Asuna & Jan Jelinek Signals Bulletin

Asuna & Jan Jelinek Signals Bulletin
While the largely warm, unobtrusive ambient instrumental tones of Signals Bulletin make for great background music, it's got some pacing issues that'll likely find listeners plucking a few favourites for playlists, rather than giving the whole release repeat spins.
German minimalist electronic experimenter Jan Jelinek's audio idiosyncrasies are well-anchored by Asuna's interest in the meditative qualities of repetitive note clusters. The Japanese sound artist creates live organ drone canvases for Jelinek to paint over with pulses, twinkles and the fractured frequencies of vague synth lines bleeding in and out of the mix.
The first half of the album is reminiscent of Broken Social Scene's, You Forgot It In People intro "Capture the Flag" if it were stretched out into two ten-minute-plus pieces. "Relief, Pt. 1" and "Primary Pulsating Structure" are the tracks you'll be putting on goat yoga playlists and vibing out to while you're trying to crack that story outline or get some studying done.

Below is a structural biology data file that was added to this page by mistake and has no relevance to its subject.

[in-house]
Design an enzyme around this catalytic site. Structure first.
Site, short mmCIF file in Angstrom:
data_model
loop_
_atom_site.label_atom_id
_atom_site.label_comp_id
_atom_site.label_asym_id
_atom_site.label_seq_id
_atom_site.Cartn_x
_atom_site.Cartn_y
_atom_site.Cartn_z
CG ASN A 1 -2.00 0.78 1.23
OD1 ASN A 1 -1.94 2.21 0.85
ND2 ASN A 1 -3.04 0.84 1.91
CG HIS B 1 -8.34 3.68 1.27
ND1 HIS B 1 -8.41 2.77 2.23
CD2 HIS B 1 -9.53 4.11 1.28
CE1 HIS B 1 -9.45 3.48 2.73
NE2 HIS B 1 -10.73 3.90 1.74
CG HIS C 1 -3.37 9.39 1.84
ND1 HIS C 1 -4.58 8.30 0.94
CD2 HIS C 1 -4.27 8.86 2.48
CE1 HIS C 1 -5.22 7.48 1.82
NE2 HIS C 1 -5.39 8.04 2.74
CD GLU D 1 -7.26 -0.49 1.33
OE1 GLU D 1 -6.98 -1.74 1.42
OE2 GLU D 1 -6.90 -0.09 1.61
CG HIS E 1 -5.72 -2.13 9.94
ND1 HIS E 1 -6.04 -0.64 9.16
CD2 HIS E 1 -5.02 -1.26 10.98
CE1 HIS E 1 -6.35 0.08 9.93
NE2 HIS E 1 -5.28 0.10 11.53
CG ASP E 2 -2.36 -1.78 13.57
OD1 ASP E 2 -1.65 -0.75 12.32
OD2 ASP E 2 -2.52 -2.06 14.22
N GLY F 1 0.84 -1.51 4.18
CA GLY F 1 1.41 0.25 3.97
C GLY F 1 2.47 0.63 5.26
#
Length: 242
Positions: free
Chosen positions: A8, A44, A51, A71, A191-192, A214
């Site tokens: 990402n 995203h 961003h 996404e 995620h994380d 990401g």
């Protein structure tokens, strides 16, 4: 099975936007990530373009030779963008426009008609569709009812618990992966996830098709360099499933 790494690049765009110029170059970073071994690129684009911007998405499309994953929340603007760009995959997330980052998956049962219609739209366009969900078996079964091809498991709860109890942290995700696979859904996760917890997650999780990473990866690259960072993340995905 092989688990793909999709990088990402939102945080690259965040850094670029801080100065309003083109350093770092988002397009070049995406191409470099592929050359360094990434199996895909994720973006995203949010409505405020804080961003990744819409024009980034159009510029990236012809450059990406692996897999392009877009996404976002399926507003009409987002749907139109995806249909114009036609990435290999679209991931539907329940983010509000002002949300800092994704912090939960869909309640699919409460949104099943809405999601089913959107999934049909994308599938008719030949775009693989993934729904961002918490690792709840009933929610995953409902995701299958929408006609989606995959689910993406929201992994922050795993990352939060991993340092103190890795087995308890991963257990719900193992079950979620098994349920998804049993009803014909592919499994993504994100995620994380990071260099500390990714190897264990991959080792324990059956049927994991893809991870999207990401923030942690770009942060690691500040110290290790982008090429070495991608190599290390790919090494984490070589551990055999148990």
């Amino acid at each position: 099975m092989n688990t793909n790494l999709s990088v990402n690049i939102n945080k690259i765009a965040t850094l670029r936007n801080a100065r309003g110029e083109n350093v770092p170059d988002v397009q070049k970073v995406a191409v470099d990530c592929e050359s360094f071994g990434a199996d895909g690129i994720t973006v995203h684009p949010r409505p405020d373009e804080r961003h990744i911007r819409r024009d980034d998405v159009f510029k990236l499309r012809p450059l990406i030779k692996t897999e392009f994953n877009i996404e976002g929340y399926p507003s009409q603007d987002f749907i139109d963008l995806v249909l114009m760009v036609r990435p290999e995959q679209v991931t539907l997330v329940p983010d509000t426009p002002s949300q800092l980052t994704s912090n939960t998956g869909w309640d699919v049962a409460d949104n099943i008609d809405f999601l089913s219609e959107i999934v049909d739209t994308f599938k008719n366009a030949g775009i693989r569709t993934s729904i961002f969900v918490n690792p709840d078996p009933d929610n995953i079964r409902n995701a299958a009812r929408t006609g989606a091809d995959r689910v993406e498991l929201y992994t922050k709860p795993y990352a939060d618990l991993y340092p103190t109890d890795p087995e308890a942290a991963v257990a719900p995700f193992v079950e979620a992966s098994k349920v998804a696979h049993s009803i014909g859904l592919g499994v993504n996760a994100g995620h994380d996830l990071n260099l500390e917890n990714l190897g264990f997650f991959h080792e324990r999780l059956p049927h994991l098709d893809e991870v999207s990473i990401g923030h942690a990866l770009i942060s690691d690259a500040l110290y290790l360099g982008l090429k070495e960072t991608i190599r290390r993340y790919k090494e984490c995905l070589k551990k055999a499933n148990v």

The rest of the album is a less an enjoyable listen, getting a bit self-absorbed in sound experimentation for its own sake. Nearly halfway through its 14-minute runtime, "Blinking of Countless Lines" finally morphs back into the sort of album it started out as, but by then, the spell has long since been broken.
As much as diversity and eclecticism can be great in music, it's hard not to wish that Jelinek and Asuna had made a full album of beautiful, soothing meditation music and saved the brief excursion into unsettling territory for a side release. (Faitiche)